GE announces 1.5 billion dollar investment in "ecoimagination"
'This ain't no party' TreeHuggers. 'This ain't no foolin' around'. This is your Father's General Electric looking to make some long green off the Green. Wall Street Journal's advance coverage of the investment plan included this header text: "Seeking to make money on the global push toward tougher environmental regulation, General Electric Co. plans to roll out today a comprehensive investment, marketing and policy initiative that addresses environmental issues such as global warming and water shortages".
That seems to spin what likely is a more proactive strategy than just "reacting to regulations", reflecting announced plans by GE to "more than double its investment, to $1.5 billion by 2010, in technologies that include cleaner coal-fired power plants, a diesel-and-electric hybrid locomotive and agricultural silicon that cuts the amount of water and pesticide used in spraying fields". You gotta think that the suits at GE didn't just now figure out that with energy prices doubling and then quadrupling in 3 years that there'd be some kind of growth market in resource efficient products?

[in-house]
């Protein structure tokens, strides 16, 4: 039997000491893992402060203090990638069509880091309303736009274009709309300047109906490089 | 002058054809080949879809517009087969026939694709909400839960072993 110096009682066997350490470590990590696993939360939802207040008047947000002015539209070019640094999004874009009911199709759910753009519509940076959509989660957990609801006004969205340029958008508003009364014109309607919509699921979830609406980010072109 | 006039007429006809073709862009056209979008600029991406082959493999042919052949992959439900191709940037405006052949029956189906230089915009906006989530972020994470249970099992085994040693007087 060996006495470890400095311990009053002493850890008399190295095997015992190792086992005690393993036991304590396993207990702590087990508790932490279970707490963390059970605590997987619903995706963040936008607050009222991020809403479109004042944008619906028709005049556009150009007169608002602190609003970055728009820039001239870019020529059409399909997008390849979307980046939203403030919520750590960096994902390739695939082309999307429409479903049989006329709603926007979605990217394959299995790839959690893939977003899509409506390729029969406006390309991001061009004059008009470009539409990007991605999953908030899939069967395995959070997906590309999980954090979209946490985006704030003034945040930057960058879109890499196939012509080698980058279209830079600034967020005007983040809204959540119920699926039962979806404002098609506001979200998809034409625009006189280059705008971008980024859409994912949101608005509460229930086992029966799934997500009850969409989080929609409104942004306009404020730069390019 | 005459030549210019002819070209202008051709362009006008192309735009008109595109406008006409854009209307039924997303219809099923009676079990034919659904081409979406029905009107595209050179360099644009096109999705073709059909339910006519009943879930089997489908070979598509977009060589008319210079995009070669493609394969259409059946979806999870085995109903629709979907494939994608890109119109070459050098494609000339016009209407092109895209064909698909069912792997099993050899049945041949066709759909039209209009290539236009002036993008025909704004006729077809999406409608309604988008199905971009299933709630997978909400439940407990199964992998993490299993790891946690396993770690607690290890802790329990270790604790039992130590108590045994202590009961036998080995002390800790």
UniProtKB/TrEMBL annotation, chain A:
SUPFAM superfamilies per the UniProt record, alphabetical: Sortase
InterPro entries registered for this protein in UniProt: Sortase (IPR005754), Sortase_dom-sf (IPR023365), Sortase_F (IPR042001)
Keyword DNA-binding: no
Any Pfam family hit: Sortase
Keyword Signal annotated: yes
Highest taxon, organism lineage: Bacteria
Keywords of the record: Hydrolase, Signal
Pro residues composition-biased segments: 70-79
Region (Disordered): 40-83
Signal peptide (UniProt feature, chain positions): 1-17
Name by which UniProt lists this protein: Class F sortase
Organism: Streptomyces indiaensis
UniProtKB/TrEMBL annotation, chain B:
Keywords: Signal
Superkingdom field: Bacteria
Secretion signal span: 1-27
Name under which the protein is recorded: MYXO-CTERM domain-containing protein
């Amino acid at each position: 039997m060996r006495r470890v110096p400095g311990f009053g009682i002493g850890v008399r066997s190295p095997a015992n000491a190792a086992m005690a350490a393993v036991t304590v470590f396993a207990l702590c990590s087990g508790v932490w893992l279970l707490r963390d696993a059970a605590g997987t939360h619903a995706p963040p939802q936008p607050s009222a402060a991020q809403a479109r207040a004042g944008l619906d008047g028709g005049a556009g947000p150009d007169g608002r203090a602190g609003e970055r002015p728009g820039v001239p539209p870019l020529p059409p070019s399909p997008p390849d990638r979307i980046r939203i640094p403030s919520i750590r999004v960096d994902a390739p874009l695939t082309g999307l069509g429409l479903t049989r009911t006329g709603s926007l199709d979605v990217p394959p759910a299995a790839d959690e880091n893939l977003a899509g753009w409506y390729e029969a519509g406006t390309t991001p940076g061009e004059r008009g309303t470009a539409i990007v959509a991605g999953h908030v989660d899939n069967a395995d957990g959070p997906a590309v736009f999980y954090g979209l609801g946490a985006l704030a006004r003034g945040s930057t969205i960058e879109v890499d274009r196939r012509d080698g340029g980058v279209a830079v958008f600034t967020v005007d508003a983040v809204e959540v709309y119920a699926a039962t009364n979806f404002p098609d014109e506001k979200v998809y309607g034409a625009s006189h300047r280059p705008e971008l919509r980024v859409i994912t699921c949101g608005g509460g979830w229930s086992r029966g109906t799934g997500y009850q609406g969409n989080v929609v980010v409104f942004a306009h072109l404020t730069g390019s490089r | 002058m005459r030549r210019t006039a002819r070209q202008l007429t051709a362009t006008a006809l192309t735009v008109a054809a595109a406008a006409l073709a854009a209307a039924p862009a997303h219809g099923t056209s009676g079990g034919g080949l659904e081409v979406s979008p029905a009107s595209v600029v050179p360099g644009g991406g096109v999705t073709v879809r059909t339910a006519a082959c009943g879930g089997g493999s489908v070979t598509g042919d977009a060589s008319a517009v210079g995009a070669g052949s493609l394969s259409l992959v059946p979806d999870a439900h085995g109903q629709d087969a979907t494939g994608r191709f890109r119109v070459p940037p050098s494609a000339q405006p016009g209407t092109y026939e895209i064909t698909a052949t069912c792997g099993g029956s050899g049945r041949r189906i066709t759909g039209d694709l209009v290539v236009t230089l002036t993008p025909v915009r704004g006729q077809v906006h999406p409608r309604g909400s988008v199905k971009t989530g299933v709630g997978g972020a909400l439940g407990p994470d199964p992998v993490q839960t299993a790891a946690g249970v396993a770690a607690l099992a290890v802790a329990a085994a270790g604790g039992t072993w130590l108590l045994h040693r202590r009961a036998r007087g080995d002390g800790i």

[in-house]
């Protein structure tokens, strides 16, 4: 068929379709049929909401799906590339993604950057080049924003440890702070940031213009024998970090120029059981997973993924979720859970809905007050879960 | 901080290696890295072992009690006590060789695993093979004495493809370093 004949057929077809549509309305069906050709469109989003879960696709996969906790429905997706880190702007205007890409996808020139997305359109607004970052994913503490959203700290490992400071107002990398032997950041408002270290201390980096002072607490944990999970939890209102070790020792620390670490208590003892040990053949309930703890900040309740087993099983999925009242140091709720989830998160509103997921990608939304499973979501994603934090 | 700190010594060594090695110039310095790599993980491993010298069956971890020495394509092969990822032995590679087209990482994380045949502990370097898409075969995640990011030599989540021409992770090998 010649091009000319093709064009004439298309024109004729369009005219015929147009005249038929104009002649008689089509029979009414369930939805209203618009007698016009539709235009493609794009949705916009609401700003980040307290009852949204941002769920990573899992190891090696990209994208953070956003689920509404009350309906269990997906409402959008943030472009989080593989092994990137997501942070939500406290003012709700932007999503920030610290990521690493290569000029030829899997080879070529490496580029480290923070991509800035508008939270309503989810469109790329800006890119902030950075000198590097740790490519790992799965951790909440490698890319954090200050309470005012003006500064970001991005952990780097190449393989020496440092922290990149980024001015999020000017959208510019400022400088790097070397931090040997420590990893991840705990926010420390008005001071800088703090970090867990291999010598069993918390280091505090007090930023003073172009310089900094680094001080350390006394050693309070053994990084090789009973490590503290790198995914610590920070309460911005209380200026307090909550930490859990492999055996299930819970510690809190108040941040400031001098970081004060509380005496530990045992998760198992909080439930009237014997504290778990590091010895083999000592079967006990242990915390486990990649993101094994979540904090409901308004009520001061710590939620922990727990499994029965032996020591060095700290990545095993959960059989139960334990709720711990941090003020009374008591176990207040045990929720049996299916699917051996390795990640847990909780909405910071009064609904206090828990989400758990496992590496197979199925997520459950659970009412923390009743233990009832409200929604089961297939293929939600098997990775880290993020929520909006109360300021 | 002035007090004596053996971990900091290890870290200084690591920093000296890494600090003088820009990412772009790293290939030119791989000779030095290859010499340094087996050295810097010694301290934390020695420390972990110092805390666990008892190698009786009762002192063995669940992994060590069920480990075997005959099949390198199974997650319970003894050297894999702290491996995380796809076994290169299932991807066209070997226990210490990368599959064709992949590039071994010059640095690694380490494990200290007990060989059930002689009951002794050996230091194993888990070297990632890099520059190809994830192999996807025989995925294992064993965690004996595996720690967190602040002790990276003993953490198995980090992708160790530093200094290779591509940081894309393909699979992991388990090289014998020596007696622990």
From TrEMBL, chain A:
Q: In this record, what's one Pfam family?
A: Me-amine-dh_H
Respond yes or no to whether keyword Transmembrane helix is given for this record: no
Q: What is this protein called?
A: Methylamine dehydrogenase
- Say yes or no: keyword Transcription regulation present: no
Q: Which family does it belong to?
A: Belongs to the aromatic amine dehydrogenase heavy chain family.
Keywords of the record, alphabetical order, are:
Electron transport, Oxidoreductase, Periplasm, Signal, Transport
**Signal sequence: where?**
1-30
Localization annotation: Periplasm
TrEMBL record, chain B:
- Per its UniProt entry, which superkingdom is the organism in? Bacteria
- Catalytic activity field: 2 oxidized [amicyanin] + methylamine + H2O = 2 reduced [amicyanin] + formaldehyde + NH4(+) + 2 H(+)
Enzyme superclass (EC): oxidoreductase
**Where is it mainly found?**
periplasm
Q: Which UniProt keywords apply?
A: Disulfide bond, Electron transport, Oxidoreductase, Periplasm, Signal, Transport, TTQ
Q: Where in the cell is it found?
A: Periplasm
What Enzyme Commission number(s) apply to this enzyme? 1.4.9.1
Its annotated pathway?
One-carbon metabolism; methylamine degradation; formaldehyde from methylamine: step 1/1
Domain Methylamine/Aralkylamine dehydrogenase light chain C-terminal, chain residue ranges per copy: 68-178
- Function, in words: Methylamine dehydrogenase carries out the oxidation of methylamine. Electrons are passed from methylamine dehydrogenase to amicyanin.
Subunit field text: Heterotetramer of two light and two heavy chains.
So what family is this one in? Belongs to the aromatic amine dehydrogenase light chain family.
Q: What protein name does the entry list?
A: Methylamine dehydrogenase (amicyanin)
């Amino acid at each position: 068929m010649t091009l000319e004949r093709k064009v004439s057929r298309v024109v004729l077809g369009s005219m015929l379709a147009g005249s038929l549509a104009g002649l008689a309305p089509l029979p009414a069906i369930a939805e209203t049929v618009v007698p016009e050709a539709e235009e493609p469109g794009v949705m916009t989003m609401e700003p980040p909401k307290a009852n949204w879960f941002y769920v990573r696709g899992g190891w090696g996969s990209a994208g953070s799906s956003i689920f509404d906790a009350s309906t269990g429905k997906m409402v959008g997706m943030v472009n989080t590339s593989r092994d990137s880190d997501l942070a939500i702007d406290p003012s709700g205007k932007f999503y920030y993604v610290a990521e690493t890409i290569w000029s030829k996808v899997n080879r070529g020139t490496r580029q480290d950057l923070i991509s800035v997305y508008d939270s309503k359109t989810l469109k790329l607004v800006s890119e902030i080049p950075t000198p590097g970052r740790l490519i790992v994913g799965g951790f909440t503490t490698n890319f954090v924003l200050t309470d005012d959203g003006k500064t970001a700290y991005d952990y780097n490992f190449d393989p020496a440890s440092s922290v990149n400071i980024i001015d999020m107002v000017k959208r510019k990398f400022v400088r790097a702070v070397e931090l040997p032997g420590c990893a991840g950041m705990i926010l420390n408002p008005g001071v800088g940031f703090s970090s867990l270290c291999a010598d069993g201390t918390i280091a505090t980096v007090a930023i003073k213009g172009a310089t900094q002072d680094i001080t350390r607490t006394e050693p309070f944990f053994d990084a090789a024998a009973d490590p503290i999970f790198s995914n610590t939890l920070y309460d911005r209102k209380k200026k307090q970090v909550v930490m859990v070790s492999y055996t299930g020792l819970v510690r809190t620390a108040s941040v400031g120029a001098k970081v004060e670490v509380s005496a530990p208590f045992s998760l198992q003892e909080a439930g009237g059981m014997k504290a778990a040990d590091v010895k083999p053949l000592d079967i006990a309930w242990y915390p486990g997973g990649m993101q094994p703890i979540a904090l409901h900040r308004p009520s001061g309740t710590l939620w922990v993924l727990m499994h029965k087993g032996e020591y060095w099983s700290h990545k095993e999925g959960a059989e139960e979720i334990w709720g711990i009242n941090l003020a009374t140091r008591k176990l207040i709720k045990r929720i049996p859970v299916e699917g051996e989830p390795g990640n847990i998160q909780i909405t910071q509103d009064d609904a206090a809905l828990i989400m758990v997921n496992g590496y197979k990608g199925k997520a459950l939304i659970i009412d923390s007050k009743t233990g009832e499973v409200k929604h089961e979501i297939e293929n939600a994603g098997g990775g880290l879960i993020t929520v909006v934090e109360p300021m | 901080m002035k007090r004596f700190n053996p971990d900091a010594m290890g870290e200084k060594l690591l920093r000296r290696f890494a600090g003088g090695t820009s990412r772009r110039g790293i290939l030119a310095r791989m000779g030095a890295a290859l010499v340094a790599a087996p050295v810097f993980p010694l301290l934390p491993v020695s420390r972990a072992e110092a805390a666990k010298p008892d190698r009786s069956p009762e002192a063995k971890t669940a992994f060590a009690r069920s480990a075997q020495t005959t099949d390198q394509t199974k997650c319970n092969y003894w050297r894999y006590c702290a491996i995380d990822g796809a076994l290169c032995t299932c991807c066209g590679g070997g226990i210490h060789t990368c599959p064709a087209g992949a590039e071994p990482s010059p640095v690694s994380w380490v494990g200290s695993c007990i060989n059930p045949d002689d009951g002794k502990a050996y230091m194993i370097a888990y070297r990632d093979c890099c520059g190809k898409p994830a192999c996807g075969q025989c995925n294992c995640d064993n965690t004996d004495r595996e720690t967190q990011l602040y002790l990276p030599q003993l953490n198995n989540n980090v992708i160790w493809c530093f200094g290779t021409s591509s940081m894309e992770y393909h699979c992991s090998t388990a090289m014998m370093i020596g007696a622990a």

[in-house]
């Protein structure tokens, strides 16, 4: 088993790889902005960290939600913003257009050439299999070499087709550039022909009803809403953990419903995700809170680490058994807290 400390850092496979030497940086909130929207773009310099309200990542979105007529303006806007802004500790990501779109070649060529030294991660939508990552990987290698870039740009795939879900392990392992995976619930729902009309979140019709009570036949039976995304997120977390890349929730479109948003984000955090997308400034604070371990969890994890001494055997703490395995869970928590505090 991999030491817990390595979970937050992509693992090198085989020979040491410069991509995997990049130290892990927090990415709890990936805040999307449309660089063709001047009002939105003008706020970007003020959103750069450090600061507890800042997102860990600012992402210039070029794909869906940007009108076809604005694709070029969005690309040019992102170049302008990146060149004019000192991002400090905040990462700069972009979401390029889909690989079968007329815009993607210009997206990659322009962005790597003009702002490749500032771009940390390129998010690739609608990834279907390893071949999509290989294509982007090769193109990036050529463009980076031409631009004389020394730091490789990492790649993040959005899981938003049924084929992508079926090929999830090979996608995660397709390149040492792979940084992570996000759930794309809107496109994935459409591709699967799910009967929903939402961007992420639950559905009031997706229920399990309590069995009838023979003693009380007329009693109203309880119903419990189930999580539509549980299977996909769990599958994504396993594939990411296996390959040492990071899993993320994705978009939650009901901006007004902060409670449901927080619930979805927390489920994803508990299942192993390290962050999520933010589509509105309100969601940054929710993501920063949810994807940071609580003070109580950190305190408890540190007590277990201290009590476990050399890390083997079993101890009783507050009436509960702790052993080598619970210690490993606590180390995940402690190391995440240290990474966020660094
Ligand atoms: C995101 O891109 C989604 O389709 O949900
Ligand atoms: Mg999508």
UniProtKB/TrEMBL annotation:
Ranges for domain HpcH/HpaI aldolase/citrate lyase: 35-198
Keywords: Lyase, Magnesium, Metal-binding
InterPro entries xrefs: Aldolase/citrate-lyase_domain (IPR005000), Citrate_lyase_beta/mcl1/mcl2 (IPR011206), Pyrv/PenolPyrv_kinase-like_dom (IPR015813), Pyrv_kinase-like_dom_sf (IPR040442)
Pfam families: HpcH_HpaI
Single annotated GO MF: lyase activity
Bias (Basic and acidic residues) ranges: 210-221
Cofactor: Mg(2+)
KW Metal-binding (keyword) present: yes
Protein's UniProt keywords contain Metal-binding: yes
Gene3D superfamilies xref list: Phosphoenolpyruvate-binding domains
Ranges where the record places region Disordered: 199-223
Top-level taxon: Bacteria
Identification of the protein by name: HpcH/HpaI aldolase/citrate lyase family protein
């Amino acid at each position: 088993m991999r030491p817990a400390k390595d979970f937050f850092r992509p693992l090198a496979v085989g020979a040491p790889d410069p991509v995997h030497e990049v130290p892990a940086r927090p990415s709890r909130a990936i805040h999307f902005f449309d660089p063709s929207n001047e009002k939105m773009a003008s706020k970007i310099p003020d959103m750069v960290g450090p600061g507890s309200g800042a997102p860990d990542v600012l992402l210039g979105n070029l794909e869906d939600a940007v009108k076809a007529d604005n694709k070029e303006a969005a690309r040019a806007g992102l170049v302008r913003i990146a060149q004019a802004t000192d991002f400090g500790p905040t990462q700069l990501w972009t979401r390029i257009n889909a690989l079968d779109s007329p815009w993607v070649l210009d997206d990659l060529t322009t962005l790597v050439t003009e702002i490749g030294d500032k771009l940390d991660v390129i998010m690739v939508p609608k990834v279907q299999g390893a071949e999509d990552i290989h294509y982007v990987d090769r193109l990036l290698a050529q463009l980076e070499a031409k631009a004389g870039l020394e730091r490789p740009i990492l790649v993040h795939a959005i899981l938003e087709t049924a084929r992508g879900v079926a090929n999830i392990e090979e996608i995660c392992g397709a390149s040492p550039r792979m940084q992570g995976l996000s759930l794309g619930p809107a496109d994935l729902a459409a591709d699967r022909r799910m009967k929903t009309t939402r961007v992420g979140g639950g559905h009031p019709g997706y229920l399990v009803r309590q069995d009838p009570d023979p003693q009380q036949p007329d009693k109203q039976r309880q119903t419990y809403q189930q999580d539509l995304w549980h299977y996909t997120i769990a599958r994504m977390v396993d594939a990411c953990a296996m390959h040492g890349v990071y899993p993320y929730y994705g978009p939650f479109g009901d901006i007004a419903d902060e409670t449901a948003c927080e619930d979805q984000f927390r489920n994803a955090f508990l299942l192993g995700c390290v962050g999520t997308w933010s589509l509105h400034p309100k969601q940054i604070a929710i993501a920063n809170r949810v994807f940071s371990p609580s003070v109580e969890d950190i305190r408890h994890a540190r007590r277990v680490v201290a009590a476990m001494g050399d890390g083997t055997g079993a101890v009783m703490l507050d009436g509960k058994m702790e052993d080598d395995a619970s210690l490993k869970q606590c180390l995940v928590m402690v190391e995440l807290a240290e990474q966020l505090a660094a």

Of course they have: their GE Profile Arctica™ ENERGY STAR refrigerators (graphic at top of post) use 53% less energy than models manufactured before 1993. And don't forget that GE snapped up Enron's wind turbine division in the wake of the latter's chimeric crash, an aquisition even the most fossile among investors can't help but see as smart.
So, what's behind the need for GE's President to announce this in a speech at George Washington University (just blocks from the US capital)? Might have to do with a symbolic changing of the guard, as GE's Chairman and Chief Executive, Jeffrey Immelt, holds forth on the opportunities for business in a "carbon-constrained world," sending a favorable message to a new generation of global investors. This TreeHugger thinks it sends a most crucial message. One more US corporation sees what's going on in the larger world and choses not to bury it's head in the sand of short-term "Island USA" politics. Its about leadership.
This could intensify the debate over whether the US Federal government should acknowledge climate change up front and center, and play an active role in mitigating the causes. While that dog-fight plays out at 30,000 feet, real live TreeHuggers at ground level have serious matters at hand, like learning how to reduce their personal "footprint" and bring beauty to their own lives.
Feel free to comment dear executives. Never too late to be a TreeHugger.
by: John Laumer